The 9/11 terrorist attacks inflicted a wound on the American national psyche that the country is arguably yet to recover from. Islamophobia in America ballooned after 9/11 (with a lot of help from the government and several media organizations).
American citizens were repeatedly fed a particular image of what a Muslim looks and acts like, and were told that ‘radical Islamic terrorism’ was the number one challenge the country faced. Cut to 2017, America has a xenophobic, bigoted President who is hell-bent on enforcing a “Muslim Ban”. How do thousands of Americans react? They march on streets in protest, taxi unions go on strike, CEOs of companies express disagreement, dozens of lawyers land up at airports to provide free legal representation. The admirable thing about these protests is that they are by and large organic in the sense that they aren’t led by any one politician or celebrity. There is no ‘leader’ of this movement. Most of these people appear to believe that their country stands for a set of values, and a Muslim ban isn’t compatible with those values. Many of these citizens refer to the ban as un-American.
I woke up in the morning to see a message from a Muslim friend who lives twenty minutes away from me asking if I will help her and her family if such a thing were to happen in India. “Yes, I will no matter what the cost.”, I promptly responded. To be honest, I am very reluctant to grant myself this confidence about what I will do. Only time will tell, and I hope no one ever has to answer this question. But I can’t help but wonder how most Indians will react. What will it take for so many of us to take to the streets? What is the set of values we stand for? What does being an Indian mean for us?
An attempt to answer this question leads me to another one: how have we reacted in the past? What is our response to the blatant oppression and abuse of civil liberties in Bastar? Or in Kashmir? Or in Manipur? How do we react to the fact that over twenty thousand people die every year because the practice of casteism condemns them to manual scavenging? What was it that made us erupt on the streets (at least in Delhi) after the gang rape in 2012? That certainly wasn’t the last gang rape to happen in India, so why did we stop? My guess is as good as yours. A favorite answer is that well we have jobs and families to take care of. Believe it or not, so do Americans.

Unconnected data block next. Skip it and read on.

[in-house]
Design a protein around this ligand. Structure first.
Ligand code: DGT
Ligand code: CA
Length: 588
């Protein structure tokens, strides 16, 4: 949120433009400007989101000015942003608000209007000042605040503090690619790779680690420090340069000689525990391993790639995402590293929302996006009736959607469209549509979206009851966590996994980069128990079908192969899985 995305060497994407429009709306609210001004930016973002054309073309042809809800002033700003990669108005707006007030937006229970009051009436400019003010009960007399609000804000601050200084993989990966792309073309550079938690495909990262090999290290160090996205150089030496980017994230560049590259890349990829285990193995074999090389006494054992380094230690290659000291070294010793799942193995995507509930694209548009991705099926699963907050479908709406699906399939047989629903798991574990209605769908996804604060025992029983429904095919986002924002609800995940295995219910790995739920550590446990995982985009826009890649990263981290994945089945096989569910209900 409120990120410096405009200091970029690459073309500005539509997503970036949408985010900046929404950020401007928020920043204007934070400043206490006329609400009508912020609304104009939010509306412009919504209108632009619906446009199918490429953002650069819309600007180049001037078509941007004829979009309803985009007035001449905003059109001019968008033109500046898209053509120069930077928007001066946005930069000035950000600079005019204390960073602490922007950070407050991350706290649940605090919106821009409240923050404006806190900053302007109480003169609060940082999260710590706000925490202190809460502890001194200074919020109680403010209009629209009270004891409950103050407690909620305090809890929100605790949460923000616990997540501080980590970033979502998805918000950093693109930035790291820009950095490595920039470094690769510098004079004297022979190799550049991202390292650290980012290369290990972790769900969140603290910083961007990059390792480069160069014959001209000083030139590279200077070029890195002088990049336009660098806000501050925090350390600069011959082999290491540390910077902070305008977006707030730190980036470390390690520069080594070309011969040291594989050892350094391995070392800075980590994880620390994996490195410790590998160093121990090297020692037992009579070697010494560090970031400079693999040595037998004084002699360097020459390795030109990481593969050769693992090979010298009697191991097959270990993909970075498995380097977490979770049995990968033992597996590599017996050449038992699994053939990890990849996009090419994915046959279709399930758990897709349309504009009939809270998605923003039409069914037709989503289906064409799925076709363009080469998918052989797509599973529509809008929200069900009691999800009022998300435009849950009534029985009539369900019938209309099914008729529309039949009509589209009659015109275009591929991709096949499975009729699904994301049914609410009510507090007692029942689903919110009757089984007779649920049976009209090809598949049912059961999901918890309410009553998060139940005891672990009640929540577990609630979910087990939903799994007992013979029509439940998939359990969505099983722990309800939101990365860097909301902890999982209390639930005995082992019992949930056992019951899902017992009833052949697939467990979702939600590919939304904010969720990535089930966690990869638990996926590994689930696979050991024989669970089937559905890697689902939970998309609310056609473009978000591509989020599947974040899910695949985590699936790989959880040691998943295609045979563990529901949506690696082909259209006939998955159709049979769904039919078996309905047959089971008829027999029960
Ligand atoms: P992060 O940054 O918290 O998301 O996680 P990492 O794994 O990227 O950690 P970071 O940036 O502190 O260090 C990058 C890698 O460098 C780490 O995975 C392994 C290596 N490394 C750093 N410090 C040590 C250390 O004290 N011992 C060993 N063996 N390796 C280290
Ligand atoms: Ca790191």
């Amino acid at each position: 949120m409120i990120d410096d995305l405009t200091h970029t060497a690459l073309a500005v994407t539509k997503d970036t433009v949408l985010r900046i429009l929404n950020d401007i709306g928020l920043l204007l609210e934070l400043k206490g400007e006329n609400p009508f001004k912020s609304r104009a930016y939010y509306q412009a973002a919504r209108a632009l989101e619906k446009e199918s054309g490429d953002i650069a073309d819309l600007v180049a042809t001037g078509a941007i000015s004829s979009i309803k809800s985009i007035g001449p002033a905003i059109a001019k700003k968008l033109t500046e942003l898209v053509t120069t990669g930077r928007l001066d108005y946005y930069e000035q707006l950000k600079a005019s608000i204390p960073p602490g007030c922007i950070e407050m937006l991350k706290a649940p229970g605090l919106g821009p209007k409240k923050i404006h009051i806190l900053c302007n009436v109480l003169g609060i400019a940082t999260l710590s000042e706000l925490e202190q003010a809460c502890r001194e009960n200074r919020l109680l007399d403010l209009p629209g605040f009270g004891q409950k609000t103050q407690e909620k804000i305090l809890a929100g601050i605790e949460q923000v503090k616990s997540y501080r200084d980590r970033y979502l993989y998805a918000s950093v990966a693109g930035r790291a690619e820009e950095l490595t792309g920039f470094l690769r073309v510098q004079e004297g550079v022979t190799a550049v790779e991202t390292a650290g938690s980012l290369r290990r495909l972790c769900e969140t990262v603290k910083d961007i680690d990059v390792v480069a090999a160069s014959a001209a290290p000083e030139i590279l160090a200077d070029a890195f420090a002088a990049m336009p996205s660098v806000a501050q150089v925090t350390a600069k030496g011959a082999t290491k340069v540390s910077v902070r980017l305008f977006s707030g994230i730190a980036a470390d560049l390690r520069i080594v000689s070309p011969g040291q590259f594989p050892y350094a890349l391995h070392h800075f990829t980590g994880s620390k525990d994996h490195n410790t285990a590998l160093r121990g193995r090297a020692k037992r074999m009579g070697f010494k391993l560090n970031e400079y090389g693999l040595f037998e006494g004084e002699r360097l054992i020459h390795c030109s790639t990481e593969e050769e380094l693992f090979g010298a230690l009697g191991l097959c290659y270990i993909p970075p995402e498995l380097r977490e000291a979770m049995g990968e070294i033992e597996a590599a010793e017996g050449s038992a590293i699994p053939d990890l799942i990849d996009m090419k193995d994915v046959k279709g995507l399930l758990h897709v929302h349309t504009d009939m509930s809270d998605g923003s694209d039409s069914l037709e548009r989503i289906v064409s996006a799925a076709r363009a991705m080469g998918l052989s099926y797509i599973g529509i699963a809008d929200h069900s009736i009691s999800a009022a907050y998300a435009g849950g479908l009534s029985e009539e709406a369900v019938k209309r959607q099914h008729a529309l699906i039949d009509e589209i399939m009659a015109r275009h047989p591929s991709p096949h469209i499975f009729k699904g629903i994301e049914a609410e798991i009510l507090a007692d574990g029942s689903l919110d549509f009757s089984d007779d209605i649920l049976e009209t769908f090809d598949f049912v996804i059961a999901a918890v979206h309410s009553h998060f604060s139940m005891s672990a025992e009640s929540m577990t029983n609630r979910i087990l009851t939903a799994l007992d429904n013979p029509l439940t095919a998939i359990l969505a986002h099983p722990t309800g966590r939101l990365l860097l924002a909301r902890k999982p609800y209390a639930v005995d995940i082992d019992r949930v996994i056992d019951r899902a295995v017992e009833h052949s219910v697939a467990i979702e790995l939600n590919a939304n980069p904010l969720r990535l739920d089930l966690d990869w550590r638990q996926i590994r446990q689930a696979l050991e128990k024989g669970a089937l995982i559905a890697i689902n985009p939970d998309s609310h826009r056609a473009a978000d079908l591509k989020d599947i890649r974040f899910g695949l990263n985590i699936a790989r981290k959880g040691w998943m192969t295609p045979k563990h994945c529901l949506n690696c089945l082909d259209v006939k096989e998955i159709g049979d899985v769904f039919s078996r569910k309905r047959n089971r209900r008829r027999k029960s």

I hope that I am wrong, but I think the difference between our brand of patriotism over the decades and their brand of patriotism on display at the moment seems to be that we are constantly engaged in the pursuit of identifying who amongst us isn’t Indian enough, or, as is popularly known these days, who is anti-national. Does our sense of kinship diminish as we travel towards the eastern states? Is it contingent on many markers of identity such as religion, race, region? It isn’t the case that a resentment for the ‘other’ isn’t on display in America but over there the battle in terms of numbers at least seems to be evenly matched. In America, thousands of Americans also went to protest against their army waging war in Vietnam. They didn’t feel the need to endorse everything their Army did. As opposed to India, where even when our Army crushes our fellow citizens we feel the need to express solidarity with the Army. Any Indian against the Army automatically becomes the enemy.
Sanjay Rajoura, who is an acclaimed stand-up artist, says that our docility probably begins from our homes, where we teach our children to “respect” (here respect means blind obedience), and this reverence for all authority continues well into adulthood. Questioning is a terrible sin. A protest is akin to the worst kind of betrayal.
So, what does the basket of Indian-ness contain? Let me first list the obvious and easy answers. I peek into this basket, and I see the national anthem, the national flag, victories in sports (especially cricket, especially the men’s cricket team), enmity with Pakistan and China, some politicians, some movie stars and some cricketers. I can’t think of others at the moment at least. But these aren’t quite the answers I am looking for and/or feel satisfied with. I think what I really want to know is — what is the length, breadth, and depth of the fraternity and/or kinship we feel for each other as Indians. What scale of atrocity and oppression will it take for so many of us to say we will not sit down and watch this happen while those in power oppress? Even if, especially if those being crushed belong to a community the ‘majority’ has complicated relations with. I don’t have an answer. Maybe, I am terrified of looking in the mirror. Are you?
This article was first published in Mumbai Mirror